He has been a friend of Our Union Street leader Bob Keiller for many years, and was one of the first to offer his services to the taskforce.
The Torry native tells me how he got his start in drilling, and retired in 2018.
Derek adds: “Aberdeen has always been home, and I am very passionate about it.
“We want to identify what’s good about it, and flag that up.
“Union Street is such a striking street. It has so much potential.”
People of all ages pitch in to clean graveyard
There’s a speech at the start, with the volunteers well briefed on that do’s and do-nots of cleaning up a historic graveyard.
With that, they each pick up their weapons of choice from an array of rakes, shovels and secateurs and set to work.
I bump into Christine Houston as she is holding open a bin bag bulging with fallen autumn leaves.
Nearby, IT worker Paul Gowans is scooping up shovelfuls of foliage to dispense inside.
The pair, who have only just met, explain why they have decided to spend their Saturday cleaning up a chilly cemetery.
Christine was a sales rep for the Thomson printing company, and put her faith in Our Union Street when she learned Bob Keiller was in charge.
The retiree says: “Too many people moan about Union Street and don’t get off their backsides. If an old woman can do it, anybody can!”
Paul works for the Intelligent Plant software company on the Granite Mile, and tells me he “really likes the idea of trying to improve the city centre”.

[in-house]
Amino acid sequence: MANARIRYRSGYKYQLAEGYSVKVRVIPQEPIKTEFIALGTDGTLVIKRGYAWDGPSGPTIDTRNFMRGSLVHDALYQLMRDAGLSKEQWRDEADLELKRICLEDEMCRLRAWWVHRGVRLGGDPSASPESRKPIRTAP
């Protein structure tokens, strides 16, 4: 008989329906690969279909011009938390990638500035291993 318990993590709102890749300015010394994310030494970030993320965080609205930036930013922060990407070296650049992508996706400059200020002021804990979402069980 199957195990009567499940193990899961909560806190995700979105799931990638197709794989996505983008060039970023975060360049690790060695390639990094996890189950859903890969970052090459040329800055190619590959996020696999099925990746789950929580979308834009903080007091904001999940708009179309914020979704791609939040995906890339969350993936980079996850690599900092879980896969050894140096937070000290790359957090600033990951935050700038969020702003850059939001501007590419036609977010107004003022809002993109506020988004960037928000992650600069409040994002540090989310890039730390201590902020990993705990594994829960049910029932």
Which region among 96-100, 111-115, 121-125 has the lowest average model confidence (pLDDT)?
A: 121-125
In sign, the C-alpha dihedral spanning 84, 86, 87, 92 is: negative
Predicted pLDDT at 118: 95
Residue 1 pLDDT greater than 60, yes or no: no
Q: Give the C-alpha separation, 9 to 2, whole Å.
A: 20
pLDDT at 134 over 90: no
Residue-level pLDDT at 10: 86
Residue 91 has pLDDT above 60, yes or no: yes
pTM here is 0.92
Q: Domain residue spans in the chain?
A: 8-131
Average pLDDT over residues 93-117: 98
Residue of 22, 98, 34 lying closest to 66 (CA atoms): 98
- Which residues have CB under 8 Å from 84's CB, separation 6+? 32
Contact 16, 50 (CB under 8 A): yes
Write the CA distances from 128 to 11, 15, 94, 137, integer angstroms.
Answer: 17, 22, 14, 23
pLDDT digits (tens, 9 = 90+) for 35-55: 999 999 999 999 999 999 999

“It’s been in a bit of a sorry state in recent years,” he adds.
Former Shell boss ‘giving back’ as part of Union Street clean-up team
Soon enough, I meet another oil industry stalwart.
Ken Robertson, a former asset director for Shell, and wife Catherine, are tipping armfuls of branches into the back of a council truck.
Ken says: “We have time on our hands, and we want to help make Aberdeen a better place. It has become our home.
“We want to give back. You can sit back and complain, or get involved to make it better.”
With a chuckle, he adds: “I can’t play golf every day…”
Who else is volunteering to help bring sparkle back to city centre?
Sisters Edyta and Aga Szpakowska, from Poland originally, are desperate to help improve the city.
Aga works in HR, while Edyta is an admin assistant for Aberdeen University.
They have previously joined community clean-ups at Seaton Park and Duthie Park, and are dedicated to sprucing up the city centre.
Richard Stephen moved to Aberdeen from Huntly in the 1970s, working in the Douglas Hotel before moving into oil.